U.S. intelligence agencies have been given carte blanche to monitor activists, journalists, politicians and others across Europe and elsewhere following an amendment to a spy law that legalizes “heavy-calibre mass-surveillance” of Cloud data, says the author of a new report for the European Parliament.
The Foreign Intelligence Surveillance Act (FISA), originally introduced in 2008 to retroactively legalize “warrantless wiretapping”, has been amended to include Cloud services operated by U.S. companies such as Google and Facebook.
While US citizens are excused this intrusion thanks to the Fourth Amendment, it now means the U.S. can legally access the personal data of any non-U.S. citizen outside of the U.S. if it is stored in a Cloud service run by a U.S. company.
“In other words, it is lawful in the U.S. to conduct purely political surveillance on foreigners’ data accessible in U.S. Clouds,” says the report – Fighting Cyber Crime and Protecting Privacy in the Cloud by the Centre for the Study of Conflicts, Liberty and Security.
Under the existing law, U.S. intelligence agencies legally monitor phone calls and emails in and out of the country without obtaining a warrant. Now “remote computing services” have been added to the list of targets.
This, says the report, has “very strong implications on E.U. data sovereignty and the protection of its citizens’ rights.” And it says the amendments specifically target real-time communications and Cloud data linked to “foreign-based political organizations”.
Although there were heated debates across Europe following the U.S. Patriot Act of 2001 authorizing direct access to E.U. data, little has appeared in the European Press about the latest move which the report says poses a far greater threat with its “heavy-calibre mass-surveillance fire-power aimed at the Cloud”.
According to Caspar Bowden, co-author of the report and former chief privacy adviser to Microsoft Europe, FISA is effectively “a carte blanche for anything that furthers U.S. foreign policy interests”.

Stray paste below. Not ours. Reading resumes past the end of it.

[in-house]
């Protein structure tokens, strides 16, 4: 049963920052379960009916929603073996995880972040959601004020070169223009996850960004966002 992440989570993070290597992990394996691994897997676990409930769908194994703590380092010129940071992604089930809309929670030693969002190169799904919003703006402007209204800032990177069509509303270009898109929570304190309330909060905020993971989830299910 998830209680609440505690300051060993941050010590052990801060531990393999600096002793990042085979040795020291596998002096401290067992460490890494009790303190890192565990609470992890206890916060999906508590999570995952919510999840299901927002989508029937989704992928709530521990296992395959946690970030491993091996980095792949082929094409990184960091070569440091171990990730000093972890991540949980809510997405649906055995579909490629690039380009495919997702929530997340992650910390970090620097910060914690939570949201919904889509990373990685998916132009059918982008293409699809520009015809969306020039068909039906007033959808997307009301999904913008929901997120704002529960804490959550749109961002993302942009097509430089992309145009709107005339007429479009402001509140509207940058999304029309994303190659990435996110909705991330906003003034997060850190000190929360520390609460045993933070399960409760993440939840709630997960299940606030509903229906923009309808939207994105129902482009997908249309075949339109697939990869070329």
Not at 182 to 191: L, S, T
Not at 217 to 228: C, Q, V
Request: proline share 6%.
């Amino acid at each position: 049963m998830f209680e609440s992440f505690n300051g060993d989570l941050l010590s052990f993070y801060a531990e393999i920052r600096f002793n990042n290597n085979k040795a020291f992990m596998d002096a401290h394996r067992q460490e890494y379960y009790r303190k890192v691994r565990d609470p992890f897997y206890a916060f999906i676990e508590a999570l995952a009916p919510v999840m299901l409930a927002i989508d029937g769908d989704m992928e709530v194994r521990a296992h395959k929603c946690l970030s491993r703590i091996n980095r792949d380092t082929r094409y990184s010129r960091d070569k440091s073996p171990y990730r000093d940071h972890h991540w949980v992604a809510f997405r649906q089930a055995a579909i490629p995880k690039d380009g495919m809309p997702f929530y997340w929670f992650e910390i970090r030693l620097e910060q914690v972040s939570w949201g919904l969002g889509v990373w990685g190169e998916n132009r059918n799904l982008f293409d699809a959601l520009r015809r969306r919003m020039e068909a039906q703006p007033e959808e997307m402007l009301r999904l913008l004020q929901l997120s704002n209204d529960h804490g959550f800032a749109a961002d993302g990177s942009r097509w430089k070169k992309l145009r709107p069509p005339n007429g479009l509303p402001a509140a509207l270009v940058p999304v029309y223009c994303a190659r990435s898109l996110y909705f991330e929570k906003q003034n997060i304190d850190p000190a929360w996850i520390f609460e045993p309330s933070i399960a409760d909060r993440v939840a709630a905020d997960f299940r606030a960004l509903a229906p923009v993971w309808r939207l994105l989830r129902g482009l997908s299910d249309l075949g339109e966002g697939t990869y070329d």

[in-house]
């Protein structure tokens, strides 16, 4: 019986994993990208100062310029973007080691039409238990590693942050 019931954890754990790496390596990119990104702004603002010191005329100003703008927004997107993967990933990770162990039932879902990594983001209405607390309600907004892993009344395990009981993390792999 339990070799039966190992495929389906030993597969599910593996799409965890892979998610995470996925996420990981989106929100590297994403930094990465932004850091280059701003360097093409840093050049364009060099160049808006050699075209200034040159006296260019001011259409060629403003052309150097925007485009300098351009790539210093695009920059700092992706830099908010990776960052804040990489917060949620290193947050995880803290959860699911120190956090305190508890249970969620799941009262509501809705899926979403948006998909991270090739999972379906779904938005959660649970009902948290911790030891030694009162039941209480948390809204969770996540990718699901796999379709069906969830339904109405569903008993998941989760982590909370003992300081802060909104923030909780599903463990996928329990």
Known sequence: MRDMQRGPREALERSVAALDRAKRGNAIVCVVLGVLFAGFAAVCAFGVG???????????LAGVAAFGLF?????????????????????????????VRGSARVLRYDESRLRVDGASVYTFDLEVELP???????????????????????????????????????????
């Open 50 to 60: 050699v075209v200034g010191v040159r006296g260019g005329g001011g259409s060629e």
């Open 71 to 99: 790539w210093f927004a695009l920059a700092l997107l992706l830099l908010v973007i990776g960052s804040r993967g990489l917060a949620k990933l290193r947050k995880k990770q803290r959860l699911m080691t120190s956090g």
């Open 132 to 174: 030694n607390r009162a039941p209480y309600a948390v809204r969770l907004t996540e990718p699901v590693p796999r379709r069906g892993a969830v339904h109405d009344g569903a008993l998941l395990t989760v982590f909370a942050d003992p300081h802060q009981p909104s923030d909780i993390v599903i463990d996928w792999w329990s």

In an interview with slate.com, he warns that the amendment now legalizes the monitoring of European activists, journalists and politicians engaged in any issue in which the United States has a stake.
Bowden says FISA specifically allows for “continuous mass-surveillance of ordinary, lawful democratic political activities” and warns that Cloud providers like Google and Facebook could be obliged to apply live “wiretaps” on European users’ data.
The report says E.U. citizens should be given clear warnings that any data they store in the Cloud is open to direct scrutiny by Federal authorities and it recommends that E.U. citizens be given the same rights as Americans in U.S. courts.
The Cloud, however, should be considered a major cause for concern in its own right. There is debate as to who legally owns what if it is stored or edited in the Cloud and you can’t even bequest your online music collection to a loved one when you die. Most online stores sell digital media as licenses, allowing just one person to use the digital copy.
If the CIA doesn’t get you first, then Big Business probably will. Around the same time that President Obama was signing the new FISA amendments into law, Google were unofficially showing off a new Cloud-based gizmo at the tech fair CES 2013 in Las Vegas which they say will “put you back in the moment”.
The Google Glass is a Borg-like device worn like a pair of spectacles offering an Android-based Heads-Up Display that will put names to the people you meet and point directions to the nearest McDonalds. More troubling, perhaps, is its ability to record your life in HD and beam it direct to the Cloud.
Named as one of Time magazine’s best inventions of 2012, the appeal is obvious. If you forget where you parked your car, you need just access the Cloud and re-wind the recording. You can play back and analyse every argument you ever had, record your snow-boarding trips or every minor facet of your life
And who knows what they may do next. You might be having a drink with your friends wearing your new Google Glass device and, next thing you know, you’re appearing in a Heineken commercial and you’re not getting paid.